But his cough returned earlier this year, and a CT scan showed the cancer had returned.
“The doctors said if the cancer does come back (following surgery), it will come back as stage 4 cancer and it will be extremely aggressive,” Ness said. “That’s where I am now.
“You look at me, and people say, ‘Ed, you look so healthy’, but this cancer is raging through my body right now. I can feel it. It feels like there’s something alive inside me and it’s moving really quickly.”
In addition to taking charge of the time and nature of his death, Ness has also been hands-on with the administrative details. He has written his own epitaph, which he will read to the family and friends gathered around on Tuesday afternoon. The couple has already completed funeral arrangements. He is also writing his own obituary, and has filled out an adjustment of will and transferred assets to Gloria’s name.
“He’s doing it all himself. He’s always been a take-charge person; nobody else can do anything quite as well as Ed can,” Gloria said with a laugh.
“It’s nice to have the time in advance to choose your death,” Ness said. “Everyone has loose ends they would like to take care of. I’ve had time to do all those things.”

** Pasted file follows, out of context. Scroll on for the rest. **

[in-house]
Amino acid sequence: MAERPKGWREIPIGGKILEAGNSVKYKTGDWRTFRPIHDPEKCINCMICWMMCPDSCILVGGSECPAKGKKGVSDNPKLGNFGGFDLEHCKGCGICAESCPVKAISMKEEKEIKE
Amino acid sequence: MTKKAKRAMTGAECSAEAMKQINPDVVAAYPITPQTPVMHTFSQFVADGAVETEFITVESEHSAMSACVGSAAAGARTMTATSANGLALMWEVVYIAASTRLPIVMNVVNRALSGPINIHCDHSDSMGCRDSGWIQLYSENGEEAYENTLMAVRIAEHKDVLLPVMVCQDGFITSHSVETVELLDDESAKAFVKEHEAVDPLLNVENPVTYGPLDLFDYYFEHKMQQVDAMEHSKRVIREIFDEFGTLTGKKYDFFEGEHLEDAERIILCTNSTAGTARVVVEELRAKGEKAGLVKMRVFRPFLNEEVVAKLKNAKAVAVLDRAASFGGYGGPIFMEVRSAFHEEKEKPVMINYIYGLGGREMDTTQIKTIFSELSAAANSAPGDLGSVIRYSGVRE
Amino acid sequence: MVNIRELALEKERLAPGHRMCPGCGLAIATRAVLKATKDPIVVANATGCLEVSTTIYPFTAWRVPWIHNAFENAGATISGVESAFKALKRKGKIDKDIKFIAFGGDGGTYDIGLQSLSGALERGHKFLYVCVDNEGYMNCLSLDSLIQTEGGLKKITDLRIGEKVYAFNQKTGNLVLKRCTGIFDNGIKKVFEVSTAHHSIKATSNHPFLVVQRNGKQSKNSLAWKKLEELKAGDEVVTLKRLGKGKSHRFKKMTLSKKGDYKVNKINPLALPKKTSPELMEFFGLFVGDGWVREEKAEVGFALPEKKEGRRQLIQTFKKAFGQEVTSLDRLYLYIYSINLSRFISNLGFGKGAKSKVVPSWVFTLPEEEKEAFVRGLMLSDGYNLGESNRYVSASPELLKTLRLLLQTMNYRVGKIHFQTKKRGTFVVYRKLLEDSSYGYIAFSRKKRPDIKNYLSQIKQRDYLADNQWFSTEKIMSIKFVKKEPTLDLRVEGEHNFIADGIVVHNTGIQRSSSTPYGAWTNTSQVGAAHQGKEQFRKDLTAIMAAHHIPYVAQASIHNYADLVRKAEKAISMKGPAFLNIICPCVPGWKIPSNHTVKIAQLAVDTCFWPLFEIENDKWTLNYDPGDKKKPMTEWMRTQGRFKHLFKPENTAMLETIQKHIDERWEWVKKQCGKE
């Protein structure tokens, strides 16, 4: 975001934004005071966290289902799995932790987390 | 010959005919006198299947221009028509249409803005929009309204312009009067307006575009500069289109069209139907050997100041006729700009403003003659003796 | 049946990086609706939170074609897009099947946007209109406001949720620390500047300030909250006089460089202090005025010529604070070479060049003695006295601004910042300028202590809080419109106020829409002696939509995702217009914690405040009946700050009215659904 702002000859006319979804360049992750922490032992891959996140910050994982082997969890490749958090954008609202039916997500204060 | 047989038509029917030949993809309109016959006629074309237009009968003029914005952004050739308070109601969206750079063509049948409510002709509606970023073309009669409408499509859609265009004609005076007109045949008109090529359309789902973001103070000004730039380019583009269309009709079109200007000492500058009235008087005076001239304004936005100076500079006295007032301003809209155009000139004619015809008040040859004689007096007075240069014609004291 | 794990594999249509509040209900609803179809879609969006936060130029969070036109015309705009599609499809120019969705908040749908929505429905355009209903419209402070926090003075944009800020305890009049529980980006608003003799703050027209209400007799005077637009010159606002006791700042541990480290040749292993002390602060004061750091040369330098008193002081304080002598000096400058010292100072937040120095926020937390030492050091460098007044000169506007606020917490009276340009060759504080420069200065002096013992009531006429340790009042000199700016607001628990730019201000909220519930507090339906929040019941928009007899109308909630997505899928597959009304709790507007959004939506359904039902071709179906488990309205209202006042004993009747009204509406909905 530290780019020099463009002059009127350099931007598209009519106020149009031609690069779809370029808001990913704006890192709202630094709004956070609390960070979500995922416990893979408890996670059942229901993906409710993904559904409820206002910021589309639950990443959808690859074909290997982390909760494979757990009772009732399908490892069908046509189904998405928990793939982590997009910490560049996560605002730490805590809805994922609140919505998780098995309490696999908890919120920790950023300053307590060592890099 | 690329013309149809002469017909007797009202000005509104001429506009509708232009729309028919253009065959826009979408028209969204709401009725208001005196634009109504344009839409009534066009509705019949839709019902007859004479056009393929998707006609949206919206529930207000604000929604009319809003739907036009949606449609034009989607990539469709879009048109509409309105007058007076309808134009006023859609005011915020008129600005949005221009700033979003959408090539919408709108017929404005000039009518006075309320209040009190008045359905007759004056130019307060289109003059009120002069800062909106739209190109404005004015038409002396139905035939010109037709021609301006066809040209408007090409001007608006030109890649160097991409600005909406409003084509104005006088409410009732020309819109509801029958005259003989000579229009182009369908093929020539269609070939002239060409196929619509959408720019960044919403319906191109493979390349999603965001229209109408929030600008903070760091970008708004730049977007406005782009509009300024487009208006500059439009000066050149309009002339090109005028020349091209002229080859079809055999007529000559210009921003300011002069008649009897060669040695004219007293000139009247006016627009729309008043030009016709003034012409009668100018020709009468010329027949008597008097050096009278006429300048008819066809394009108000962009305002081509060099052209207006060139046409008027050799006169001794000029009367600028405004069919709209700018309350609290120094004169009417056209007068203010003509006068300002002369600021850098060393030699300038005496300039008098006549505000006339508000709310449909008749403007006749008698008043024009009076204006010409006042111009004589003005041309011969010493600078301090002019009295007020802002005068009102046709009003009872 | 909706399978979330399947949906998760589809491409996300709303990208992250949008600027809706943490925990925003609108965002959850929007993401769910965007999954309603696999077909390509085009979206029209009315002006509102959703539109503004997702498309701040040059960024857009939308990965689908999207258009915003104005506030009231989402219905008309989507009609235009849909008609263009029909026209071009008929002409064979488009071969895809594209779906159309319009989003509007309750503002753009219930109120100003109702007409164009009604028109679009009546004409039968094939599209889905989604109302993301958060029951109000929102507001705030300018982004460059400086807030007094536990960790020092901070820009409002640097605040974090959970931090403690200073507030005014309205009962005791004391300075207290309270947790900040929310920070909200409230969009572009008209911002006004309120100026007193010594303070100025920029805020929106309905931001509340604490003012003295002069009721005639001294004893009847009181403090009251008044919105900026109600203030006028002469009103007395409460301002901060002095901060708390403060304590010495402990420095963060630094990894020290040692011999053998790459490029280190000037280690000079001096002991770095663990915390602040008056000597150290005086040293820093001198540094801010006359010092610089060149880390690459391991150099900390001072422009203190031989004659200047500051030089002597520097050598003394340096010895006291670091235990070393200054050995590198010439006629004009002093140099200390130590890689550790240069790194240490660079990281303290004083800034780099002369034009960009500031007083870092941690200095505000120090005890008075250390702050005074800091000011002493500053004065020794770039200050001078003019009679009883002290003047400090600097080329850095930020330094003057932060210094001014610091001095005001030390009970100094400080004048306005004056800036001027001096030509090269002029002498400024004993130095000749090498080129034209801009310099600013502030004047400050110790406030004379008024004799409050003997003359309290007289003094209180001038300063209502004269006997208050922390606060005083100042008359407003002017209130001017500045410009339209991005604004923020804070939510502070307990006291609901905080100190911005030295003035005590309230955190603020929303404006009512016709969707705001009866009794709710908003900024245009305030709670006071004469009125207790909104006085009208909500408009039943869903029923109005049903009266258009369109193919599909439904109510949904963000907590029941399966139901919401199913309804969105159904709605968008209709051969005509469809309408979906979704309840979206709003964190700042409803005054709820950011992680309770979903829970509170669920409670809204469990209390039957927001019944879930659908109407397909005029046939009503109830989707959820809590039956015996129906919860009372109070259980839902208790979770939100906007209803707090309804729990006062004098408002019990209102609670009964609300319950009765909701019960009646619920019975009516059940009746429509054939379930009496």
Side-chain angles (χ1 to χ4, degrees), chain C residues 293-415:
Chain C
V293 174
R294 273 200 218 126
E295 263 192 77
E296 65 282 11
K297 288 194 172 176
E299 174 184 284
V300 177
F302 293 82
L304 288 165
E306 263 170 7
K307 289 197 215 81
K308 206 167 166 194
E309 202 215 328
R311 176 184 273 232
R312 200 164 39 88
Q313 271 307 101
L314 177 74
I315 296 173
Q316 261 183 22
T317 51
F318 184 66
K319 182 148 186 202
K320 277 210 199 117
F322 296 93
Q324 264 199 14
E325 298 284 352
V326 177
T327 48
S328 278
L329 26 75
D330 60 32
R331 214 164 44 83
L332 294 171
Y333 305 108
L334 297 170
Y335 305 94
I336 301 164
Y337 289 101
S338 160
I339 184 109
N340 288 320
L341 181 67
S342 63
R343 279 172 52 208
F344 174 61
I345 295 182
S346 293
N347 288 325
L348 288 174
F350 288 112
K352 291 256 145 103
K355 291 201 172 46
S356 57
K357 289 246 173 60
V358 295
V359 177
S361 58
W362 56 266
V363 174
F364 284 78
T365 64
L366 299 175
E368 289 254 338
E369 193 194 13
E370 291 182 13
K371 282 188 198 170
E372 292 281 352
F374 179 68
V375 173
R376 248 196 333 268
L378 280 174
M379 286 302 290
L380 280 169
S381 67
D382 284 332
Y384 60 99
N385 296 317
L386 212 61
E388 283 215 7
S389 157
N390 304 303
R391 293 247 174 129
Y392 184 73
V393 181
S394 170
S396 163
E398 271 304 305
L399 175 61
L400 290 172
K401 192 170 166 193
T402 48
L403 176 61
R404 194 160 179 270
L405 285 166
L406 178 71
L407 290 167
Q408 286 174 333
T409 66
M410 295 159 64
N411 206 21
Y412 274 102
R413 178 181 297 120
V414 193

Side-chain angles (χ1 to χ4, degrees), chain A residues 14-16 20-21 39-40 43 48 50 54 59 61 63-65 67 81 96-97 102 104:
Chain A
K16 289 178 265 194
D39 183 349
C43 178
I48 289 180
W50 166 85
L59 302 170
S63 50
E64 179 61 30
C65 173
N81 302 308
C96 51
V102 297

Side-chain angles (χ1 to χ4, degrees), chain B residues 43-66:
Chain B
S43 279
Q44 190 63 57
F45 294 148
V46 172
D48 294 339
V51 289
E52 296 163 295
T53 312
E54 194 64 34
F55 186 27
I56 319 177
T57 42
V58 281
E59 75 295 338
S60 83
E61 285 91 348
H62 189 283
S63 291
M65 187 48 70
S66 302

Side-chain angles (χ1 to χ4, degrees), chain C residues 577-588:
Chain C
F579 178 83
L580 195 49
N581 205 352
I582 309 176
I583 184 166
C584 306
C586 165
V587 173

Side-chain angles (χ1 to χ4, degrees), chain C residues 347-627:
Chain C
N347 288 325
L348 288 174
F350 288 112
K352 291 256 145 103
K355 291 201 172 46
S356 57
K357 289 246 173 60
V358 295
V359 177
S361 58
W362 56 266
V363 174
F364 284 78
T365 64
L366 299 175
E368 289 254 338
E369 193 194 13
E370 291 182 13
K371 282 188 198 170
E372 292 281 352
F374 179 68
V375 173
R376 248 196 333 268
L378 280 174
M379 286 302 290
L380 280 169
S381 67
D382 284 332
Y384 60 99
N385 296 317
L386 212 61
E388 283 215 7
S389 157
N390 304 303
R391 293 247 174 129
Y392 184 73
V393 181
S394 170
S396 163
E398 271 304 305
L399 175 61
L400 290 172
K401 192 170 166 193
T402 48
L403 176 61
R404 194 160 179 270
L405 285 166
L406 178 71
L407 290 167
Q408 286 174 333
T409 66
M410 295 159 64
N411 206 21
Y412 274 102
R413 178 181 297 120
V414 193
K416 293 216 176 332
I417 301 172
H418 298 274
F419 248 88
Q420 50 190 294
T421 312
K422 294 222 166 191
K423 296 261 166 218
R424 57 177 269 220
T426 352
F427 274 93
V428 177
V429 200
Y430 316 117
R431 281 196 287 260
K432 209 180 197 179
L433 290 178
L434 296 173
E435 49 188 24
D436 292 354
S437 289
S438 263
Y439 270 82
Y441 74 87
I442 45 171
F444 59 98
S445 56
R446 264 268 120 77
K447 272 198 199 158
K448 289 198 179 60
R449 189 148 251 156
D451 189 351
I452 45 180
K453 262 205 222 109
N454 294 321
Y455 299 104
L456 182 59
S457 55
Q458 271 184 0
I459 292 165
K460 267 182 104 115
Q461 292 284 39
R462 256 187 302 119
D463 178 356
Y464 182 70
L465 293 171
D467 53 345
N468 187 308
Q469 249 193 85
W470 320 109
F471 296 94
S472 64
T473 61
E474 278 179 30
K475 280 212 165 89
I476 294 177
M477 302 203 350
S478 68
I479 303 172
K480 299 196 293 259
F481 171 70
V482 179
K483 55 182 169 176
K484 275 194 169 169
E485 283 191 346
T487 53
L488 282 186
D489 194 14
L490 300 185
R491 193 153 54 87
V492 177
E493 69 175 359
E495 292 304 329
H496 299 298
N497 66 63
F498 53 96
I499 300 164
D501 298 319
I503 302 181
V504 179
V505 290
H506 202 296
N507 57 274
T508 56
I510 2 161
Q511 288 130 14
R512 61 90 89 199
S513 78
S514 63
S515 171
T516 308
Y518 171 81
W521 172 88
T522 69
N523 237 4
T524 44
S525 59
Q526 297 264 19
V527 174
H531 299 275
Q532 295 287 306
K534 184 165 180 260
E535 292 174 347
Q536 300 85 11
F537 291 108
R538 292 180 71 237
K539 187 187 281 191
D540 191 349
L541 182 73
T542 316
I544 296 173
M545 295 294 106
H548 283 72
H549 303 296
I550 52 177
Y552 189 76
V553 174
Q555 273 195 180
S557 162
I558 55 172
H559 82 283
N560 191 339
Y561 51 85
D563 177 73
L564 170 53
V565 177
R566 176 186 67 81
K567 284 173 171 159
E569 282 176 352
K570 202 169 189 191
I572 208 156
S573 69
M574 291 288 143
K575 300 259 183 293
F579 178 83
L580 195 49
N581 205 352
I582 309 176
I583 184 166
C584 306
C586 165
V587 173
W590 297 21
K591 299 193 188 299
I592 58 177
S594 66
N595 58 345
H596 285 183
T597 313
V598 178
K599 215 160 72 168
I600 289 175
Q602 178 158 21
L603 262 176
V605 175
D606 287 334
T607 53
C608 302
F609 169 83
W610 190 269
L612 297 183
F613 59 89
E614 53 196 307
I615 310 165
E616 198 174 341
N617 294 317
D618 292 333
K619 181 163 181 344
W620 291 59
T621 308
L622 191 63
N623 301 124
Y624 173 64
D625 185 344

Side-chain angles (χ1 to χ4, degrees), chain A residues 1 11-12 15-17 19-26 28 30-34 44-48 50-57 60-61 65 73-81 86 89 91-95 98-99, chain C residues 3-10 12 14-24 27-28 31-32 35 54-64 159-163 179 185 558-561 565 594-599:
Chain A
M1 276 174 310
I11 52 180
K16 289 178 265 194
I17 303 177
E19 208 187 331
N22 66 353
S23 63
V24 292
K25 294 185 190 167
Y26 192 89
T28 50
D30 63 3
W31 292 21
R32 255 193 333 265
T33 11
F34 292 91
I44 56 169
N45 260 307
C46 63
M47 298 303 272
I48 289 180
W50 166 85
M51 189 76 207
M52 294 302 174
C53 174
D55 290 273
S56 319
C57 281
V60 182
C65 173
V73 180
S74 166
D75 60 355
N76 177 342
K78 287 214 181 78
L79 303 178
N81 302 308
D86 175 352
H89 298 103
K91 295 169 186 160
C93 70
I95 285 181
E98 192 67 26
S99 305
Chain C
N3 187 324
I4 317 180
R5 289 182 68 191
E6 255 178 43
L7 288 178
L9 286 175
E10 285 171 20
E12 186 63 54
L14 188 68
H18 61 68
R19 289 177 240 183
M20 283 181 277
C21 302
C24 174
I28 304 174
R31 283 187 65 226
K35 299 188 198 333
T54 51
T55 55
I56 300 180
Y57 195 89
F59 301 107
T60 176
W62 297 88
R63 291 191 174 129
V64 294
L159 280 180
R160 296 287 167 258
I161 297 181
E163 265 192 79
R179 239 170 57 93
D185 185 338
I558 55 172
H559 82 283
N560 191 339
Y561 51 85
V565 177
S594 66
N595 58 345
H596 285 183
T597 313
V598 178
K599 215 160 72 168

Dr. Daws said she could not speak to specific patient cases, but said Tuesday’s planned gathering at the Ness home is a sort of pre-memorial common in Death with Dignity cases.
“There is always a certain amount of sadness, of course, but it’s good to have a positive memory attached to the patient,” said Daws. “Often, the patient will make a small speech thanking family and friends and saying they’re ready to die. And the family and friends can tell the patient how loved they are.
“It makes it, in a bizarre way, beautiful. And it can leave people with a far better memory than a prolonged battle in ICU or a battle with cancer in hospice or at home.”
Ness took a slightly less philosophical tone to describe the planned gathering.
“When you go to funerals, you talk to this box here,” he said, gesturing toward an imaginary coffin. “In this case, they can say it to my face. And I can respond to it in the same way.”
Gloria said she has supported Ed’s decision from the start, and said the worst thing she can think of is to watch a loved one gasping for one more breath in a long, slow death. But she admitted she will miss him greatly.
“Ed and I are very close,” she said. “We worked together in real estate, and living together on a boat in close quarters, we had to enjoy each other’s company. So this is going to be quite a loss for me.”
Ness rejects the opposition to Death with Dignity, or medically assisted suicide, on the grounds that it will lead to people being killed by children seeking an early inheritance. But he admits some of the objection is on moral and spiritual grounds.
“I don’t have any religious beliefs,” Ed said. “Maybe I get to the other horizon and there’s nothing there. That’s OK, then I’ve got an eternity of absolute serenity. If there is something on the other side, I say let the adventure begin.”